Viña y trujal
Grenache is a type of grape about whose origin there has always been uncertainty. Until a few years ago, it was considered of Spanish origin. But it is said that it may come from Sardinia.
It is one of the most widely planted red wine grapes in the world.
It is simply spoken of the Grenache to refer to the ink or noir, although it has a series of relatives that also have a great diffusion, highlighting the Grenache Blanca, Peluda and Tintorera.
There are many ways to call this grape among them: Giró, Gironet, Lladoner, Garnatja, Garncho, Vernassa, Lledoner, Grenache or Girons.
100% Garnacha from Bajo Aragón
Generally spicy, with a mild flavor on the palate, and produces wines with a relatively high alcohol content, but vineyard yields need to be controlled for best results.
Viña y Trujal wines maintain the qualities of color, aroma and flavor of the wine that was produced centuries ago in this territory. They preserve all the characteristics of their place of origin and are produced in areas with a long winemaking tradition and renowned prestige beyond our borders.
During the entire process of making our wines, important aspects such as harvesting, transportation, rigorous hygiene standards or winemaking techniques are taken care of, using approved materials and mechanisms throughout the process that guarantee that the product is of excellent quality. . Its "bouquet", aroma and elegance are some of the reasons why they differ from those produced in other areas.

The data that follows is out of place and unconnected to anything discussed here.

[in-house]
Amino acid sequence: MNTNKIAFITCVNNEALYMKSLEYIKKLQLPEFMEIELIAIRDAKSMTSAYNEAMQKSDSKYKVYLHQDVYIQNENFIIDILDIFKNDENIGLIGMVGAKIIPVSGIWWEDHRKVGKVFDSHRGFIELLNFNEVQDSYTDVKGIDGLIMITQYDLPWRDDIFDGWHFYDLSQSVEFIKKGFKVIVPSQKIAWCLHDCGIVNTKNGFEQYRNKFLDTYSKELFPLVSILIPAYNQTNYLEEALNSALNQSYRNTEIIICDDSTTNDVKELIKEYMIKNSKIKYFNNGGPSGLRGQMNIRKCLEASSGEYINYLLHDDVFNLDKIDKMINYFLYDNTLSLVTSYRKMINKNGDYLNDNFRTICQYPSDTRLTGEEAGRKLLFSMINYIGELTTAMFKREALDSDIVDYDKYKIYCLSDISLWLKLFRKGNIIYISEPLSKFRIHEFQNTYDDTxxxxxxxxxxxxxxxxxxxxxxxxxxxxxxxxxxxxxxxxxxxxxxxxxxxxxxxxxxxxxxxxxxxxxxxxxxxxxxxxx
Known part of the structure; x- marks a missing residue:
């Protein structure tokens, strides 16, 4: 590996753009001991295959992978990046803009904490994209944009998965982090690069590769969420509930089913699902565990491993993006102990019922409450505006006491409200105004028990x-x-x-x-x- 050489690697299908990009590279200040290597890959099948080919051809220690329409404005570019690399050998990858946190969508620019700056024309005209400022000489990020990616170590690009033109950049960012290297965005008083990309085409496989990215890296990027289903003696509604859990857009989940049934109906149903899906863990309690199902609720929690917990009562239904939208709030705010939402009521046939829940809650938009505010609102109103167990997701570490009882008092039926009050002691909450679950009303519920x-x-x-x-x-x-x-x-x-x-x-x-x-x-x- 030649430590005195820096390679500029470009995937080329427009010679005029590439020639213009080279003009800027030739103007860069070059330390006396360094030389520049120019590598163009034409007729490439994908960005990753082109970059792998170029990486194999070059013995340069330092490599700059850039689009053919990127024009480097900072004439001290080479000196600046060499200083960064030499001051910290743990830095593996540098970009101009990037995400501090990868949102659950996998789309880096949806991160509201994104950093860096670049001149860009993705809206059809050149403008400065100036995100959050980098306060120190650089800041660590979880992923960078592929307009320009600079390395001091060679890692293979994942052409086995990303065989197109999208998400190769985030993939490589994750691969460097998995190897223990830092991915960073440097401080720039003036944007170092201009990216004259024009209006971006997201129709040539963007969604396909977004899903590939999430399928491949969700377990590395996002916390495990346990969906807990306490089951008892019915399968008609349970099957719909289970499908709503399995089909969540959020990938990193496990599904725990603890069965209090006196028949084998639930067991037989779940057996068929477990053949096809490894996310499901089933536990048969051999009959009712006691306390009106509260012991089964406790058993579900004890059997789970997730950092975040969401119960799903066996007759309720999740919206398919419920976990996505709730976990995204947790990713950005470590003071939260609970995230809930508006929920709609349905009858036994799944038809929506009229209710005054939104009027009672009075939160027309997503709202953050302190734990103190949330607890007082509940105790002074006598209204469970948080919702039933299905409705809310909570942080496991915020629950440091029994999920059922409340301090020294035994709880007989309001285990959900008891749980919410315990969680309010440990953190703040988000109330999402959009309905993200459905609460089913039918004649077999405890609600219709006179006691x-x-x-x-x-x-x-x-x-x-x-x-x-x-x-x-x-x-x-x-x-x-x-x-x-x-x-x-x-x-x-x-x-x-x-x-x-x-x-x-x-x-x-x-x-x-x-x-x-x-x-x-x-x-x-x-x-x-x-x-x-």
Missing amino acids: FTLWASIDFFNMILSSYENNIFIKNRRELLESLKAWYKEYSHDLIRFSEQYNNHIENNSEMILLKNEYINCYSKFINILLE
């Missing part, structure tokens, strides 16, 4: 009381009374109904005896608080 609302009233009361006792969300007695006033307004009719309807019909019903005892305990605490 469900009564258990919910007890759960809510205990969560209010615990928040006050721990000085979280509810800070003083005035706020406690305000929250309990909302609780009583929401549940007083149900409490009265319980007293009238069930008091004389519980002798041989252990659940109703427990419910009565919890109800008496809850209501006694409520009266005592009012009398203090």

During the production of our wines only varieties of strains adapted to the terrain are used, "Mainly LA GARNACHA".
La filoxera in Aragón
During the 1870s, a plague of phylloxera occurred in the main Spanish wine-growing areas. Phylloxera entered the Iberian Peninsula through three sources: Porto, Malaga and Gerona.
The most rapid expansion of phylloxera occurred between 1896 and 1903, since it infected practically all the wine-growing regions of the Ebro valley (Navarra, La Rioja, Álava and Zaragoza).
This explains why the plague caused the vine to be uprooted and attempts were made to replant again with a European pattern, although the Garnacha Negra in Aragon, the most common species in the region, was almost completely lost.